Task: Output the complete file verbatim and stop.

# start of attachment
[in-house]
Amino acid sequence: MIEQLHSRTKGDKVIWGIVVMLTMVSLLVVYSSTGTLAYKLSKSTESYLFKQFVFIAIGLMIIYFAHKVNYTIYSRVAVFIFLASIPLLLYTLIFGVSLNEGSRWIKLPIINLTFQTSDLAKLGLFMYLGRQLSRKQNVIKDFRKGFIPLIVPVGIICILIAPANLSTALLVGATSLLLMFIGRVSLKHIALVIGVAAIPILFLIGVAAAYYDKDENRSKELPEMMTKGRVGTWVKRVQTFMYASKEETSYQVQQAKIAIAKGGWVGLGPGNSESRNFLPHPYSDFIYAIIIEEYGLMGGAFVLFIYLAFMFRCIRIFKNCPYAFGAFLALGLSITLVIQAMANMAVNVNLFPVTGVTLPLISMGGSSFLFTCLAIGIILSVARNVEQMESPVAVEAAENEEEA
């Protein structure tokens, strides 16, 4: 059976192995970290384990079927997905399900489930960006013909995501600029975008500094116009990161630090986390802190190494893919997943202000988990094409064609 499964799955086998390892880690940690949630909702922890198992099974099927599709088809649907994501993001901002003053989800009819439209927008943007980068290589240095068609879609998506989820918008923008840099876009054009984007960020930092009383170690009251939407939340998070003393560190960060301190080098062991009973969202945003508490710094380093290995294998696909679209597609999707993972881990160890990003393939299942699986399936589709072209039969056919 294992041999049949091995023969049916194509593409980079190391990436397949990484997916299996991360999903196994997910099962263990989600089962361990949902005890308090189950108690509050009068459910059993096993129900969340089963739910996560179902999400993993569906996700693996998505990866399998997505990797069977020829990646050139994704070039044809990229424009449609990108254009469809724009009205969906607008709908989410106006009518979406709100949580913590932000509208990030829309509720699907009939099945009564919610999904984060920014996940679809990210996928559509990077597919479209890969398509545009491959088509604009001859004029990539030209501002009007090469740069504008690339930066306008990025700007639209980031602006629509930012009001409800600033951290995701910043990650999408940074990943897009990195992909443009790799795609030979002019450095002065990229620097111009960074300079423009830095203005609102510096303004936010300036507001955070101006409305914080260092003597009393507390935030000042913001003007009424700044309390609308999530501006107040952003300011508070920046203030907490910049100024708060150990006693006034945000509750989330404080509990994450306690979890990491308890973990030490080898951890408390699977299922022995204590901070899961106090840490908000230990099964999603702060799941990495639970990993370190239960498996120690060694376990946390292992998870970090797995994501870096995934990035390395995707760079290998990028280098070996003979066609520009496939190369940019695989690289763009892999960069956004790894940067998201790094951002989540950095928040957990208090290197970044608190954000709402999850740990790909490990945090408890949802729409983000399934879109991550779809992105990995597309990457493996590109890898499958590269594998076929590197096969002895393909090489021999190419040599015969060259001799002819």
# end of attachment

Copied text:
[in-house]
Amino acid sequence: MIEQLHSRTKGDKVIWGIVVMLTMVSLLVVYSSTGTLAYKLSKSTESYLFKQFVFIAIGLMIIYFAHKVNYTIYSRVAVFIFLASIPLLLYTLIFGVSLNEGSRWIKLPIINLTFQTSDLAKLGLFMYLGRQLSRKQNVIKDFRKGFIPLIVPVGIICILIAPANLSTALLVGATSLLLMFIGRVSLKHIALVIGVAAIPILFLIGVAAAYYDKDENRSKELPEMMTKGRVGTWVKRVQTFMYASKEETSYQVQQAKIAIAKGGWVGLGPGNSESRNFLPHPYSDFIYAIIIEEYGLMGGAFVLFIYLAFMFRCIRIFKNCPYAFGAFLALGLSITLVIQAMANMAVNVNLFPVTGVTLPLISMGGSSFLFTCLAIGIILSVARNVEQMESPVAVEAAENEEEA
């Protein structure tokens, strides 16, 4: 059976192995970290384990079927997905399900489930960006013909995501600029975008500094116009990161630090986390802190190494893919997943202000988990094409064609 499964799955086998390892880690940690949630909702922890198992099974099927599709088809649907994501993001901002003053989800009819439209927008943007980068290589240095068609879609998506989820918008923008840099876009054009984007960020930092009383170690009251939407939340998070003393560190960060301190080098062991009973969202945003508490710094380093290995294998696909679209597609999707993972881990160890990003393939299942699986399936589709072209039969056919 294992041999049949091995023969049916194509593409980079190391990436397949990484997916299996991360999903196994997910099962263990989600089962361990949902005890308090189950108690509050009068459910059993096993129900969340089963739910996560179902999400993993569906996700693996998505990866399998997505990797069977020829990646050139994704070039044809990229424009449609990108254009469809724009009205969906607008709908989410106006009518979406709100949580913590932000509208990030829309509720699907009939099945009564919610999904984060920014996940679809990210996928559509990077597919479209890969398509545009491959088509604009001859004029990539030209501002009007090469740069504008690339930066306008990025700007639209980031602006629509930012009001409800600033951290995701910043990650999408940074990943897009990195992909443009790799795609030979002019450095002065990229620097111009960074300079423009830095203005609102510096303004936010300036507001955070101006409305914080260092003597009393507390935030000042913001003007009424700044309390609308999530501006107040952003300011508070920046203030907490910049100024708060150990006693006034945000509750989330404080509990994450306690979890990491308890973990030490080898951890408390699977299922022995204590901070899961106090840490908000230990099964999603702060799941990495639970990993370190239960498996120690060694376990946390292992998870970090797995994501870096995934990035390395995707760079290998990028280098070996003979066609520009496939190369940019695989690289763009892999960069956004790894940067998201790094951002989540950095928040957990208090290197970044608190954000709402999850740990790909490990945090408890949802729409983000399934879109991550779809992105990995597309990457493996590109890898499958590269594998076929590197096969002895393909090489021999190419040599015969060259001799002819």